During the Nazi occupation of Poland, an acting troupe becomes embroiled in efforts to track down a German spy.Jack Benny and Carole Lombard shine in this satire directed by the great Ernst Lubitsch, a master of screwball comedy. It is a unique movie in the way it alternates comedy with really poignant moments — the poignancy would have been more so in 1942 when the Nazis were in Poland. Watching this made me especially appreciate Lombard's acting skill. It was her last film and released a month after she died.
This movie was highly controversial when it was released in 1942. That's hard to image watching it today but when the movie was released there'd been nothing but bad news from Europe, the U.S. hadn't entered the war yet, and nothing seemed to stop Hitler in his goal of world domination. This movie seemed in very bad taste.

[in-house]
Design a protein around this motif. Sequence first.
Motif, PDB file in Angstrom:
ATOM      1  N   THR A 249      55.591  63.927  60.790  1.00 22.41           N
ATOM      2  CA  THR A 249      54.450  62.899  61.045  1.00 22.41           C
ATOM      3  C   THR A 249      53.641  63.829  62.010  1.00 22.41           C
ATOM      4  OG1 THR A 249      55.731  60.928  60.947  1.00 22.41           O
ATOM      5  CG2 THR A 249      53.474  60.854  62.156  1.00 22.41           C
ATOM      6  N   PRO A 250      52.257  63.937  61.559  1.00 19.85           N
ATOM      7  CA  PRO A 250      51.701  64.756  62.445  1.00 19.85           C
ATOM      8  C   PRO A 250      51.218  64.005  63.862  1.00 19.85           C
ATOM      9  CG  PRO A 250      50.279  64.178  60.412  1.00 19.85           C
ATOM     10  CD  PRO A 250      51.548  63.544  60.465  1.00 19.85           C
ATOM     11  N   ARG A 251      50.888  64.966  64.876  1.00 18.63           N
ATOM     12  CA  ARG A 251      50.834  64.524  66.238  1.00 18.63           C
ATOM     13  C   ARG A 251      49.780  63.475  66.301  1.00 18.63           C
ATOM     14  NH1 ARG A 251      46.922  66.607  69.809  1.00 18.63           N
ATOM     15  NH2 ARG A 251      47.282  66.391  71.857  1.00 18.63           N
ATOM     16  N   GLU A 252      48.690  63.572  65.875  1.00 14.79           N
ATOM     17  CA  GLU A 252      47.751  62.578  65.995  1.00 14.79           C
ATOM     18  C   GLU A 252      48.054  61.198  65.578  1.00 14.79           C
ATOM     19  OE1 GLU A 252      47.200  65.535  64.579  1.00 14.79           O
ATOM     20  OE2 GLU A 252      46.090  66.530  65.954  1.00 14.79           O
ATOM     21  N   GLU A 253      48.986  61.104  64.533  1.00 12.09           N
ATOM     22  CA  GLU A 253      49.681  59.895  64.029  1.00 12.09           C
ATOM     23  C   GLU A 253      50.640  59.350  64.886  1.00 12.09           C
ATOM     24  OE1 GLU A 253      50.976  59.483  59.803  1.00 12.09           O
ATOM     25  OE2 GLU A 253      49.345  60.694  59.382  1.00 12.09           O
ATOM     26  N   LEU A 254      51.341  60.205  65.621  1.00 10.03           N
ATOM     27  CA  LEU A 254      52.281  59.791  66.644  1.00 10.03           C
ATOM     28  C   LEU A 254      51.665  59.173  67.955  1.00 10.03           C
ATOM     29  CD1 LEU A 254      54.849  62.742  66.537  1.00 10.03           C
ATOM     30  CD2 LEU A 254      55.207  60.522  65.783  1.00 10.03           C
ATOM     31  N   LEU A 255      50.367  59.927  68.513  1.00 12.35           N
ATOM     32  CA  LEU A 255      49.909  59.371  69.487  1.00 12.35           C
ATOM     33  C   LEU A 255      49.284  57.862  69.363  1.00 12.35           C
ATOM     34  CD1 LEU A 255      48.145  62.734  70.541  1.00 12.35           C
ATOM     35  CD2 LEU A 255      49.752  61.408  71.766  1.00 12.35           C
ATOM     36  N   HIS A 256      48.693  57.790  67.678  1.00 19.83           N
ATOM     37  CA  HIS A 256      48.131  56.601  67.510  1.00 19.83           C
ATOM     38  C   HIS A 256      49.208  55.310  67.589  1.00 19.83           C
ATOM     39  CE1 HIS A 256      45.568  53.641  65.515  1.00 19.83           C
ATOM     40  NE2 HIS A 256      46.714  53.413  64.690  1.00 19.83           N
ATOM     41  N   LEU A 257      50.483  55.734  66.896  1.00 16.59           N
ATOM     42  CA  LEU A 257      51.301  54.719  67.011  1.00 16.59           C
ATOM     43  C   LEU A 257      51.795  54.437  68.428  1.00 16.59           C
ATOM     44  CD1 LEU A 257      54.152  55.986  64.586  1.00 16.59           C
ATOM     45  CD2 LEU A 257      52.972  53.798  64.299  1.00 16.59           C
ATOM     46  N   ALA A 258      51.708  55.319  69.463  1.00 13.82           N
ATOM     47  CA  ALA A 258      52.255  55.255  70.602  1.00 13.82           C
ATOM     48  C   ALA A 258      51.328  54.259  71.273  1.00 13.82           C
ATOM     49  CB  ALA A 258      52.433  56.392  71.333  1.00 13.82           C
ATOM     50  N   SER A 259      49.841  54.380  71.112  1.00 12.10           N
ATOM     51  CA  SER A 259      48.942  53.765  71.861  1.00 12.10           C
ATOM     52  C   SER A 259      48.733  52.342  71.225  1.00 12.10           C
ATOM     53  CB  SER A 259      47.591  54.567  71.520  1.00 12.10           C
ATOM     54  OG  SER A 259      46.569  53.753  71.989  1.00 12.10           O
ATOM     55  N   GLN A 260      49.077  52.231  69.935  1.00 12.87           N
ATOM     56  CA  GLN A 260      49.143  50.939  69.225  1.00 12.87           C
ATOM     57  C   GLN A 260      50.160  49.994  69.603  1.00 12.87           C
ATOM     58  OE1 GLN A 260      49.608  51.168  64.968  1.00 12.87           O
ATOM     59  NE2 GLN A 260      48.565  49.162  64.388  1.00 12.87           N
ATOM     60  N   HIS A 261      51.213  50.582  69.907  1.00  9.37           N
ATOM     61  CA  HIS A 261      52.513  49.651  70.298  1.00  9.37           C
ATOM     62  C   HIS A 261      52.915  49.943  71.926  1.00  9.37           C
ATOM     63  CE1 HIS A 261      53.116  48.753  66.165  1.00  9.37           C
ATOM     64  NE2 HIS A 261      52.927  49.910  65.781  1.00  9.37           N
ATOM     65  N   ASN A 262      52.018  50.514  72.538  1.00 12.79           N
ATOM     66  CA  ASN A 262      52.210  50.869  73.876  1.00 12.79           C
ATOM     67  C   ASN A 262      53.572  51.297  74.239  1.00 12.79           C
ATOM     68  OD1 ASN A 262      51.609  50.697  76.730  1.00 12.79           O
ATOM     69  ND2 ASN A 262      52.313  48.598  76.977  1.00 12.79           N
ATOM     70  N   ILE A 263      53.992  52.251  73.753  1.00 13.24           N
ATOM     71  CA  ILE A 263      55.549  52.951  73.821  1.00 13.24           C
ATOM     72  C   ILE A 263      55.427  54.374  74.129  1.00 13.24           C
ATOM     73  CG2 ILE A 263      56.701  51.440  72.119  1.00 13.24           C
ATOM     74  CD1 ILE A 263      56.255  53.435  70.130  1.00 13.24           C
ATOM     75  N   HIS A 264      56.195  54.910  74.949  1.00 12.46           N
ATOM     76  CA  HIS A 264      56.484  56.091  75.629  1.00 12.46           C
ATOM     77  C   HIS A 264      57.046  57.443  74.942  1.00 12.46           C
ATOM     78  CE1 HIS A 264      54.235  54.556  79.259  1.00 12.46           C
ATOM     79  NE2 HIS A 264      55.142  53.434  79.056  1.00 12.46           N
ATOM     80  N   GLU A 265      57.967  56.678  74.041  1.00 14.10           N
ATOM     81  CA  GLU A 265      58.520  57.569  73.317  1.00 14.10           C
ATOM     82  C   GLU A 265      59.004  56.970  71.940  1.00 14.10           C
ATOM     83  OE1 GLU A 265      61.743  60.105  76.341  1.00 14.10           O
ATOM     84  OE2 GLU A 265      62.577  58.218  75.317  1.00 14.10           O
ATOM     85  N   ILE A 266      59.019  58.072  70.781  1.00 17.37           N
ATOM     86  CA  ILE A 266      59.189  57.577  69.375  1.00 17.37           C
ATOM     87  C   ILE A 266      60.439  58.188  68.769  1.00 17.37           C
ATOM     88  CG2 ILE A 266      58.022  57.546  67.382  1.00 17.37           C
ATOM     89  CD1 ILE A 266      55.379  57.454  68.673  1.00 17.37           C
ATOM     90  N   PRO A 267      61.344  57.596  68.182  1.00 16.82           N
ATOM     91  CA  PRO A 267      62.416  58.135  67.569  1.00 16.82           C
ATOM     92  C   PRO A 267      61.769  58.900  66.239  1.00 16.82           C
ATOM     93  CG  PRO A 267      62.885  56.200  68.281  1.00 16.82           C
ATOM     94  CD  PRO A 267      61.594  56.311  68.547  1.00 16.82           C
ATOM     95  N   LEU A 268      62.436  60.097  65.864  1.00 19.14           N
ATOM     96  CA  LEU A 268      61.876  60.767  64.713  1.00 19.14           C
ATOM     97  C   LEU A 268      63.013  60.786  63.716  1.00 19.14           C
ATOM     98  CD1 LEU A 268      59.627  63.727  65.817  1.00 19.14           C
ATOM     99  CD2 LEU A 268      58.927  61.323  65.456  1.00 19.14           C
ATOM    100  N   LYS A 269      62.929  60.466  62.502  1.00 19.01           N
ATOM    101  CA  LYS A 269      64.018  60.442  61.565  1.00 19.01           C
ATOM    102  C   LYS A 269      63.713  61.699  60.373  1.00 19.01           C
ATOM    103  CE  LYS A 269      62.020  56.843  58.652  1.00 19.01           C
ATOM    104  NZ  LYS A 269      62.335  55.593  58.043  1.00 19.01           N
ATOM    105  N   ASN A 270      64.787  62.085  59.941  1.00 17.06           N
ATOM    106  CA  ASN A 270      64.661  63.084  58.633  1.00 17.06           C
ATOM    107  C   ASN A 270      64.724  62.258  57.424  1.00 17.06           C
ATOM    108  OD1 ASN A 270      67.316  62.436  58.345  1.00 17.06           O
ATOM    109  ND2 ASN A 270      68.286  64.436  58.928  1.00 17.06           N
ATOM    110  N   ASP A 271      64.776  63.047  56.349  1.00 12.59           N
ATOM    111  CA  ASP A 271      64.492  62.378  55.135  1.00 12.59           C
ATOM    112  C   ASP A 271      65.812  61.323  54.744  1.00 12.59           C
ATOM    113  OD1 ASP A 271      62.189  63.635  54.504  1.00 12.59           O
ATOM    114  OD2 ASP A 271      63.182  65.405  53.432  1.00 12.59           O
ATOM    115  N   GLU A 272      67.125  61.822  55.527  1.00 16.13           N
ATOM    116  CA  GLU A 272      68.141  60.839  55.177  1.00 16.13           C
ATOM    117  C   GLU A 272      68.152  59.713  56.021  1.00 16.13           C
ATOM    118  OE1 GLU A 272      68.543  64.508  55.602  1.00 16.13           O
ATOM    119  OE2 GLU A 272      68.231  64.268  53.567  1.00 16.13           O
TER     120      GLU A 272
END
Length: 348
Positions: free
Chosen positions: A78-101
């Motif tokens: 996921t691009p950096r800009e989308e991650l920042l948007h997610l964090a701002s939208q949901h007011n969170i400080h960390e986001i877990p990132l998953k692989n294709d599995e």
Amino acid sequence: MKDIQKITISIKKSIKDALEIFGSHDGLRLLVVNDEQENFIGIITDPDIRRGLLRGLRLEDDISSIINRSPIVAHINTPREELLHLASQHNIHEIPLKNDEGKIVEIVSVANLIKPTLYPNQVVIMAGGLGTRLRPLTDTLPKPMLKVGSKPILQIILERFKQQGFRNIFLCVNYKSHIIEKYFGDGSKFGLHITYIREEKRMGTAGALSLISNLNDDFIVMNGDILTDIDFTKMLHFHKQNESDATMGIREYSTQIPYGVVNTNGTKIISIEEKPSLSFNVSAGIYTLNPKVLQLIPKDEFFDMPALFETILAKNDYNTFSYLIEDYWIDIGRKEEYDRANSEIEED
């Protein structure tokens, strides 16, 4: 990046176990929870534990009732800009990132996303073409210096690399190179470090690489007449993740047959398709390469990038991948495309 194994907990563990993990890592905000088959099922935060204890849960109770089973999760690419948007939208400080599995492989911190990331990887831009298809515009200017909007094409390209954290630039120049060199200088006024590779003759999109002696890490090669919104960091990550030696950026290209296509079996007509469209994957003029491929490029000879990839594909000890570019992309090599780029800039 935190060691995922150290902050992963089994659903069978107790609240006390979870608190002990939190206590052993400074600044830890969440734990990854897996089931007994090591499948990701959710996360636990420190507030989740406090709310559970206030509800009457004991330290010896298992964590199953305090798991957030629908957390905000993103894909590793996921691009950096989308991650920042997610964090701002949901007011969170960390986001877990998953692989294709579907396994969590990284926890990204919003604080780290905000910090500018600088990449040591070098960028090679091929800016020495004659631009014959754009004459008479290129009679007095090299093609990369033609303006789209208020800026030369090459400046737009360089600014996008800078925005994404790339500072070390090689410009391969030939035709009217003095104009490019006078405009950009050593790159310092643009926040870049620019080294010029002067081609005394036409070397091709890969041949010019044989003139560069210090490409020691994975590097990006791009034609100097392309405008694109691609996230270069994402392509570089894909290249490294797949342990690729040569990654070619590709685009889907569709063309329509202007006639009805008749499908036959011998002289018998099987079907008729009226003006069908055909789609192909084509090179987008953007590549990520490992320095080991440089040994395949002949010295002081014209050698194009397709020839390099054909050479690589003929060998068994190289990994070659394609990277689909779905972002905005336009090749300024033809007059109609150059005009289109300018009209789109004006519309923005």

But Ernst Lubitsch had an important message beneath the screwball humor — Nazis were not unbeatable superhumans, but simply deluded and incompetent human beings who chose to follow a ridiculous leader like Hitler. And they could be beaten — as a troupe of Polish actors shows us. And never more entertainingly so than in To Be or Not to Be.
It was remade by Mel Brooks in 1983. Don't waste your time on that version. The original is best.